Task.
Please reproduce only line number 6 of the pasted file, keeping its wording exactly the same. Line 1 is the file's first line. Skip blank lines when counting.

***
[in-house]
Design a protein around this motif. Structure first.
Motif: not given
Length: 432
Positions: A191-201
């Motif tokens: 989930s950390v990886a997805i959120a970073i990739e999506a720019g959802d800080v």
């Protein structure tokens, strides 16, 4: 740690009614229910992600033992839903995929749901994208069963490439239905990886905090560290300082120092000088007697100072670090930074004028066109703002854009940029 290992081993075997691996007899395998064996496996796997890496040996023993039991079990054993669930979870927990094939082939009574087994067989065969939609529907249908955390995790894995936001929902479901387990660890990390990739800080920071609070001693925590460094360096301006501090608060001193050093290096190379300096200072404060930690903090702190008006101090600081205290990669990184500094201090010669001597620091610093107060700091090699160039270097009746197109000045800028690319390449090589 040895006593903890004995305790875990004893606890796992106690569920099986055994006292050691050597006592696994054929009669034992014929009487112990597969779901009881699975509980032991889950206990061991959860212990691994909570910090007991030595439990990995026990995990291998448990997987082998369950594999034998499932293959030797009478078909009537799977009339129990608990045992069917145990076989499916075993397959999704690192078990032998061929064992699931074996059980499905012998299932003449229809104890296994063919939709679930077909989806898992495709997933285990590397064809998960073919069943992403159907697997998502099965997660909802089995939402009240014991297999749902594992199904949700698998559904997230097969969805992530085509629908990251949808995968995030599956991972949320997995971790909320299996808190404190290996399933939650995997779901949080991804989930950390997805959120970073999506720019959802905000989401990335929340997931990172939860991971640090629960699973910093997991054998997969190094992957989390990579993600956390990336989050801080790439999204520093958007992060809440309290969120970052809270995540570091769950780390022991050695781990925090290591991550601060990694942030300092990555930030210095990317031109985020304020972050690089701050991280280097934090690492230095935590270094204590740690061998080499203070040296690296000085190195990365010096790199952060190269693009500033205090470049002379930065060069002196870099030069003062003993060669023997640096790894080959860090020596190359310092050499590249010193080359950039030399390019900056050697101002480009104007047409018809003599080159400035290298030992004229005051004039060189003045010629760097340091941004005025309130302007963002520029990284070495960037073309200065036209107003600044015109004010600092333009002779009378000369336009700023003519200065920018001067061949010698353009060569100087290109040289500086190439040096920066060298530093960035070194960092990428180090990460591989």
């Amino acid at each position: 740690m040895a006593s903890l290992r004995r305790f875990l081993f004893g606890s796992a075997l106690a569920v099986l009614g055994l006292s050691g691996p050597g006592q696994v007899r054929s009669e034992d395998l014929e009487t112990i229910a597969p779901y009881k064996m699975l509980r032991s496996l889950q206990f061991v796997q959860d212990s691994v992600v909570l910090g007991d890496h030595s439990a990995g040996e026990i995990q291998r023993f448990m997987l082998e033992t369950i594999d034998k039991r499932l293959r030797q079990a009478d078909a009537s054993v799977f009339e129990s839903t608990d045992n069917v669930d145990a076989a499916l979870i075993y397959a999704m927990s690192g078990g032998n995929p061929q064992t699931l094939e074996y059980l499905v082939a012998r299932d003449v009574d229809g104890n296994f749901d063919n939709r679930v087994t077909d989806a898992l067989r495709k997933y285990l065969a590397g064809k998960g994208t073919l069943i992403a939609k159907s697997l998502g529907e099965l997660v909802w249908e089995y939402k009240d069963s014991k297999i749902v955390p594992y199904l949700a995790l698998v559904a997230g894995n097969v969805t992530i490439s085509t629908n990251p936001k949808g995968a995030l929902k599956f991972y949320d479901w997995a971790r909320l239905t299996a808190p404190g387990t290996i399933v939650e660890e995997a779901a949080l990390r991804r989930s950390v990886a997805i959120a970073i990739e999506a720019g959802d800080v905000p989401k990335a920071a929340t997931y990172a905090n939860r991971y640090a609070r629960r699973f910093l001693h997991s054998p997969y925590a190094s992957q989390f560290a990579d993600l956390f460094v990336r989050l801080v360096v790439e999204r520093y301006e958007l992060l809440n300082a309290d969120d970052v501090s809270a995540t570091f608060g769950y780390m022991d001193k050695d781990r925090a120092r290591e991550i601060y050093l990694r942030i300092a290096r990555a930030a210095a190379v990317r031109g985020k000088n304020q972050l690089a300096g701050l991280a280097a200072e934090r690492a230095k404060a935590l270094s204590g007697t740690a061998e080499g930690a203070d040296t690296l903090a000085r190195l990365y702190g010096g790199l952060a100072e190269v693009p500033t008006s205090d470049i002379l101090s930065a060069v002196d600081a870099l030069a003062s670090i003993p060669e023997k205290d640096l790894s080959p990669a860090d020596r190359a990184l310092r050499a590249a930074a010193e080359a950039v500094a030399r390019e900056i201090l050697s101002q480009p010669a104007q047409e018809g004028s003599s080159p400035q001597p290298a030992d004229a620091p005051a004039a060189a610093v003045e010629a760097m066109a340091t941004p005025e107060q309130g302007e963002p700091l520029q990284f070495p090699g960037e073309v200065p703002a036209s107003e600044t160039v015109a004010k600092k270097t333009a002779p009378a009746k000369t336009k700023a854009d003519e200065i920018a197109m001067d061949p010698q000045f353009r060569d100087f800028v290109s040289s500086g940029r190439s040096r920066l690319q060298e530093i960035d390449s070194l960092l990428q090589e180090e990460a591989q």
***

């Motif tokens: 989930s950390v990886a997805i959120a970073i990739e999506a720019g959802d800080v």